The State Council of the People’s Republic of China (“PRC”) recently released the new Exit-Entry Administration Regulations for Foreigners (“Regulations”). The Regulations will take effect on September 1, 2013. They further specify the provisions of the PRC Exit-Entry Administration Law (if you are interested in this law, please click here) on issuance of ordinary visa and residence permits to foreigners and will replace the Implementing Rules of the PRC Administration Law on Entry and Exit of Foreigners which were issued in December 1986. The new Regulations will play a key role in the management of PRC visa and residence policies.
The Regulations introduce new visa and residence categories and change some of the current visa and residence policies toward foreigners. Both, individuals working in China or often undertaking business trips to the country as well as foreign invested enterprises hiring foreign employees should pay attention to the following changes:
- Change of Visa Categories
- The core purpose of the former F visa, namely visits to China for business and trade activities, will be covered by a new M visa in the future. As far as we can see, for foreigners wishing to enter China for business purposes, there will be no difference in the visa application procedures. Same as the old F visa, the M visa will require an invitation letter from a Chinese business partner.
- F visa will in the future only be issued to foreigners who visit China for exchange activities or visits for non-business purpose. Same as under the current regulations, there is still no visa type that expressly covers internships. Whether an intern who wants to do an internship in China should apply for a M visa for commercial purposes or a F visa for non-commercial purposes still needs to be clarified by the Chinese authorities.
- Z visas issued to foreigners working in China remain unchanged. A residence permit for work purposes can be obtained by a foreigner with a Z visa. Family members of Z visa holders will, however, not be issued with a Z visa anymore, but will now only be able to obtain an S1 or S2 visa, depending on the duration of their stay.
- A new type of R visa is created for foreign professionals who are highly skilled or whose skills are urgently needed in China. Foreigners obtaining the R visa will enjoy benefits upon entering and exiting the country. This constitutes a considerable progress of the PRC government in implementing its talent introduction strategy. Unfortunately the definition of what constitutes professionals with high skills or skills in short supply, still needs further clarification by the Chinese government.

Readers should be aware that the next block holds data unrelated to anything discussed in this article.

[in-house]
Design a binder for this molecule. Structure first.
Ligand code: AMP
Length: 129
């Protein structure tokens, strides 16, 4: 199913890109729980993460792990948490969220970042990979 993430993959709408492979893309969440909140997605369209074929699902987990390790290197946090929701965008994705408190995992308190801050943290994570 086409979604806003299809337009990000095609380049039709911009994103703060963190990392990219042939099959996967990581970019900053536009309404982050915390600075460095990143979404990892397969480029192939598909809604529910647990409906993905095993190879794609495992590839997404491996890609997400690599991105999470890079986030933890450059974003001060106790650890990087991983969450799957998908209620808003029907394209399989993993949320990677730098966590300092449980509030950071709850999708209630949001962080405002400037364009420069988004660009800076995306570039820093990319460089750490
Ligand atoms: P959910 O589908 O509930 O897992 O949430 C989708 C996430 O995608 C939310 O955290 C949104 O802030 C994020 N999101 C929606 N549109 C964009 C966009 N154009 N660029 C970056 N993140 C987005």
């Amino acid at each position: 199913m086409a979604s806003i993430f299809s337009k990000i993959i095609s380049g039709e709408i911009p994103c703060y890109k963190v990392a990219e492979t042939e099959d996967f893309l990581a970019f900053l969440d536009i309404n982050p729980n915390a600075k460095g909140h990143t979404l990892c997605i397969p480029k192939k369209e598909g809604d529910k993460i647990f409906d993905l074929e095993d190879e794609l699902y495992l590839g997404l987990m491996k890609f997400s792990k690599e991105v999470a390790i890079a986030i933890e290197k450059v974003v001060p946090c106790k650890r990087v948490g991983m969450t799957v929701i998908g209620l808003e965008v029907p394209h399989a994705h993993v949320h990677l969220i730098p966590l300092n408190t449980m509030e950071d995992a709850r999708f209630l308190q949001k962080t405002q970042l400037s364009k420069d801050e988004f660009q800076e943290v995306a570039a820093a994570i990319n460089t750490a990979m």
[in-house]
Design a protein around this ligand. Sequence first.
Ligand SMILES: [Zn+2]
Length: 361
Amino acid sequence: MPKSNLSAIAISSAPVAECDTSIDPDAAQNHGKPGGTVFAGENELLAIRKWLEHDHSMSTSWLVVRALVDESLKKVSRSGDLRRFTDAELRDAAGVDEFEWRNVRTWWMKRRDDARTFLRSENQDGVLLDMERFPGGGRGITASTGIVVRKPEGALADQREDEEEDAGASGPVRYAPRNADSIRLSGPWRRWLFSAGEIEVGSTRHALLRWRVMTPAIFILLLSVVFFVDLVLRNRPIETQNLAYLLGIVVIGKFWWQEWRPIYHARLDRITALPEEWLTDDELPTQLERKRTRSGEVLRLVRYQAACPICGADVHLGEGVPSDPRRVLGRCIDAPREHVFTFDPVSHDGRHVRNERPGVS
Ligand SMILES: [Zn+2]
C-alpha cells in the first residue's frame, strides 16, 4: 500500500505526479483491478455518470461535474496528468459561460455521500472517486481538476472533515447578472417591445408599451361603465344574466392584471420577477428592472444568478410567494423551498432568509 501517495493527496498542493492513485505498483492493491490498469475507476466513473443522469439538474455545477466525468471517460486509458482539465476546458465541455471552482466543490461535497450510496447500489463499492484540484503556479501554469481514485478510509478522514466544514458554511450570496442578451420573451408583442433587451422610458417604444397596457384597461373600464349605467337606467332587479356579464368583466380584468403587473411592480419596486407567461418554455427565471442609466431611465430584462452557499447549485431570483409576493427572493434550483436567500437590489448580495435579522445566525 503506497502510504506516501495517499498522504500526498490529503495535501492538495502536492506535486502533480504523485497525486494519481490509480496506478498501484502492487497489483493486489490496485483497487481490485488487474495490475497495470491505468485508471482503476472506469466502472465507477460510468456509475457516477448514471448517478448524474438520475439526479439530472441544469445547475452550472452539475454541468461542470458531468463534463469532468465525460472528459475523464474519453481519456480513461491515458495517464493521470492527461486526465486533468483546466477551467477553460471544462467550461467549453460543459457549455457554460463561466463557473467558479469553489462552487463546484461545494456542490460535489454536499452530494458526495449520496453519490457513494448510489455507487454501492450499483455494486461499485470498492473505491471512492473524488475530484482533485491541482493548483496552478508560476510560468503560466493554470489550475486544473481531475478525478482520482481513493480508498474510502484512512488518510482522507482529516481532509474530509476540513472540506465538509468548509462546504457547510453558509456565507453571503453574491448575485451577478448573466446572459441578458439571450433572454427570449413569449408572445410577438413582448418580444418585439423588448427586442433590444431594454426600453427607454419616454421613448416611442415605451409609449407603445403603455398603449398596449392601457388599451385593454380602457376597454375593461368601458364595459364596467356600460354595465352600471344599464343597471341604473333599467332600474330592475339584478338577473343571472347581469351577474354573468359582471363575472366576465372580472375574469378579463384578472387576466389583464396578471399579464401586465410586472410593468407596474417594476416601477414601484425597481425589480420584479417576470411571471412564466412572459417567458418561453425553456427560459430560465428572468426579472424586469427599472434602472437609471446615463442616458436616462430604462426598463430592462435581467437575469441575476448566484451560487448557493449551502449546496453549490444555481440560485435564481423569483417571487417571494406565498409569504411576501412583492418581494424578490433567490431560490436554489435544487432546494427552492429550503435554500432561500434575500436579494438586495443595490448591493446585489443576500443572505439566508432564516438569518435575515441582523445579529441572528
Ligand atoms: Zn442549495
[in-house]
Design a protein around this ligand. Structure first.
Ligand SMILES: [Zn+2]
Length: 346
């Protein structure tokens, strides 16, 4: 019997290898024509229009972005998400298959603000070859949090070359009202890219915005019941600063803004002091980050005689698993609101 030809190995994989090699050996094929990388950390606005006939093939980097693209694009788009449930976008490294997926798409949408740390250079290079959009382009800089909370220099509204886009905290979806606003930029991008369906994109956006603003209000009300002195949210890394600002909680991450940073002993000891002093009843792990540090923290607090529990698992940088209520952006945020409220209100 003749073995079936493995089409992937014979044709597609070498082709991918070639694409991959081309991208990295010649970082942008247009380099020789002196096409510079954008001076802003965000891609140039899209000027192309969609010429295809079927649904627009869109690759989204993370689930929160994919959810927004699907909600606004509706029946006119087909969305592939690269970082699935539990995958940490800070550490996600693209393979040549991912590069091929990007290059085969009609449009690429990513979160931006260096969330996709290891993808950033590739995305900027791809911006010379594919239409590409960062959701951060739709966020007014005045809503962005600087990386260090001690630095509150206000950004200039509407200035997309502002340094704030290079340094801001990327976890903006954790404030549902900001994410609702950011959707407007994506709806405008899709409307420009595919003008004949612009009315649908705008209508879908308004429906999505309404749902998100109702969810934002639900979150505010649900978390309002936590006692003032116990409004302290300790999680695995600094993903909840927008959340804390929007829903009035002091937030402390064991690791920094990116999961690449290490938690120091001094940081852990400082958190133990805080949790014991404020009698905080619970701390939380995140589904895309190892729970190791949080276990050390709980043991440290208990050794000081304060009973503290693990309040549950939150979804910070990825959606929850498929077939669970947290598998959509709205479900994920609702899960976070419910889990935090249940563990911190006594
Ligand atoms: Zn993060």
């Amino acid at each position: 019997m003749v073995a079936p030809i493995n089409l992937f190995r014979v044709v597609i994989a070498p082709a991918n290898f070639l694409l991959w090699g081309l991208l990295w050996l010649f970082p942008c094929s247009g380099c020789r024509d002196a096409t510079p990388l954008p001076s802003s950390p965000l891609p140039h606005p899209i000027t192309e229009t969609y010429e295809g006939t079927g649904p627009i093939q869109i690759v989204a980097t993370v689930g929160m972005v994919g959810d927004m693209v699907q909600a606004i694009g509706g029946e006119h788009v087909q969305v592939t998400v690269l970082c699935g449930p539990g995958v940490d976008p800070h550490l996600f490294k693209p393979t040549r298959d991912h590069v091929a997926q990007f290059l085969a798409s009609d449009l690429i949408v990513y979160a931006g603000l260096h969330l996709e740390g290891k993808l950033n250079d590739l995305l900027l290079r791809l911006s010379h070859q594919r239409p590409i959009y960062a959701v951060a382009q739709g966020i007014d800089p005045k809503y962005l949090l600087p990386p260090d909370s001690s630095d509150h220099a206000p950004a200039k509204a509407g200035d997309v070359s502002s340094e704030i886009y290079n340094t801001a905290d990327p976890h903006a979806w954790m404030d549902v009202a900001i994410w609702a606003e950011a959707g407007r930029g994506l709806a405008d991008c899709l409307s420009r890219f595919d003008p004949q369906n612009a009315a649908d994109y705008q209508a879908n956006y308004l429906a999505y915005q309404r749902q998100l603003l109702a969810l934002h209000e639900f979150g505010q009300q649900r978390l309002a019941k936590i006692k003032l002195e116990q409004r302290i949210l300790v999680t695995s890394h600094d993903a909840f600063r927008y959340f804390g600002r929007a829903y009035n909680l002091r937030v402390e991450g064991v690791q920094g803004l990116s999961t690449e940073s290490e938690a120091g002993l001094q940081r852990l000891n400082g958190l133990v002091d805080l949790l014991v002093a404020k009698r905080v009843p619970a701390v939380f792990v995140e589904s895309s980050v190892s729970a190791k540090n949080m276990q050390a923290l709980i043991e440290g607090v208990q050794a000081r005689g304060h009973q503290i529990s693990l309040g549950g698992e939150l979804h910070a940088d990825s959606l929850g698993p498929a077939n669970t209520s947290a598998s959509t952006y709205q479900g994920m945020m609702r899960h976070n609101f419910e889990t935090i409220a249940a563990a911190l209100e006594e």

Change of Residence Categories
When a visa is issued to a foreigner, a note on the visa will state whether the foreigner shall obtain a residence permit or not. In the past, there was only one type of residence permit for foreigners staying in China. Under the new Regulations, the residence permits are divided into five categories including residence permits for work purposes, residence permits for study, residence permits for journalists, residence permits for family reunions and residence permits for private matters.
- A residence permit for work purposes will be issued to foreigners who work in China. The validity period of such residence permit can be from 90 days up to 5 years. Chinese entities or individuals are not allowed to hire foreigners without such a residence permit.
- Family members holding an S1 visa will be issued with a residence permit for private matters. The validity period of such residence permit can be from 180 days up to 5 years.
- Students who study in China by obtaining the X1 visa will be issued with a residence permit for study. Students are not permitted to work, unless they obtain the permission of the school and a respective note recorded by the Chinese authority regarding the working place and the working period. Any student in non-compliance will be regarded as illegally working in China and both the student and the entity which hires the student can be subject to penalties and other legal liabilities in accordance with the PRC Exit-Entry Administration Law.
Under the new Regulations, the Chinese employer shall report to the competent entry and exit administrative authority if a foreign employee leaves the company, changes his or her work location, violates the exit-entry administrative regulations, dies or disappears. However currently no legal liability is provided for a breach of any reporting obligation.
Further, the new Regulations require foreigners to report to the competent entry and exit administrative authority if the purpose of their stay has changed. An application for a change in visa category and residence permit needs to be filed within 10 days. If this requirement is not complied with timely and after a public announcement has been issued by the relevant authority, the visa and residence permit of the foreigner can be declared void straight away.
Overall, the Regulations provide more clarity regarding the requirements of different visa and residence types. In the future, the visa and/or residence permit requirements will be more specific. This will lead to a greater degree of control of the Chinese government over the movement of foreigners working in China.
For the time being, we expect visas which were issued until September 1, 2013 will still be valid until the expiring date. However, after September 1, 2013, the new policy guidelines will be adopted. We suggest that foreign invested enterprises inform their headquarters about these developments and make necessary adjustments, especially if they hire foreigners.